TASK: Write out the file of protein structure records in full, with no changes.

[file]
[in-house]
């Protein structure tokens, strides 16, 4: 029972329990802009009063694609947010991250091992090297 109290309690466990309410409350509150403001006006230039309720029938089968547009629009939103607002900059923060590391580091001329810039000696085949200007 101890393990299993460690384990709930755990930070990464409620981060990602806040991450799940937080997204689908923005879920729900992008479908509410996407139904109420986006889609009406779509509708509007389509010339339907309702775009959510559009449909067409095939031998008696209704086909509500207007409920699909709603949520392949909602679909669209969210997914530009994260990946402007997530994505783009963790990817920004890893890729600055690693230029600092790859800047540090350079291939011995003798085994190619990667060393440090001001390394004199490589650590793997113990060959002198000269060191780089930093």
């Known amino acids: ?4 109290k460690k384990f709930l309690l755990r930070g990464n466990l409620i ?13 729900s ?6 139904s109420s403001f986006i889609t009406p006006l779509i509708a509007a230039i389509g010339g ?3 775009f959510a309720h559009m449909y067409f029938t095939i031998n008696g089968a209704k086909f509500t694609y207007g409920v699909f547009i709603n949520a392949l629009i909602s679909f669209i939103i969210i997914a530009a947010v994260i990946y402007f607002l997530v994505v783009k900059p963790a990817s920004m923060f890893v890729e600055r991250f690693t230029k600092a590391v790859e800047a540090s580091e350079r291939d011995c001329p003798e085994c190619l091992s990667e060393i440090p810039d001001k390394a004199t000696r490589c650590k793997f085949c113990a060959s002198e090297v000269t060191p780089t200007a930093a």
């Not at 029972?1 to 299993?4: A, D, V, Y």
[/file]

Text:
[in-house]
């Protein structure tokens, strides 16, 4: 029972329990802009009063694609947010991250091992090297 109290309690466990309410409350509150403001006006230039309720029938089968547009629009939103607002900059923060590391580091001329810039000696085949200007 101890393990299993460690384990709930755990930070990464409620981060990602806040991450799940937080997204689908923005879920729900992008479908509410996407139904109420986006889609009406779509509708509007389509010339339907309702775009959510559009449909067409095939031998008696209704086909509500207007409920699909709603949520392949909602679909669209969210997914530009994260990946402007997530994505783009963790990817920004890893890729600055690693230029600092790859800047540090350079291939011995003798085994190619990667060393440090001001390394004199490589650590793997113990060959002198000269060191780089930093």
């Known amino acids: ?4 109290k460690k384990f709930l309690l755990r930070g990464n466990l409620i ?13 729900s ?6 139904s109420s403001f986006i889609t009406p006006l779509i509708a509007a230039i389509g010339g ?3 775009f959510a309720h559009m449909y067409f029938t095939i031998n008696g089968a209704k086909f509500t694609y207007g409920v699909f547009i709603n949520a392949l629009i909602s679909f669209i939103i969210i997914a530009a947010v994260i990946y402007f607002l997530v994505v783009k900059p963790a990817s920004m923060f890893v890729e600055r991250f690693t230029k600092a590391v790859e800047a540090s580091e350079r291939d011995c001329p003798e085994c190619l091992s990667e060393i440090p810039d001001k390394a004199t000696r490589c650590k793997f085949c113990a060959s002198e090297v000269t060191p780089t200007a930093a």
């Not at 029972?1 to 299993?4: A, D, V, Y």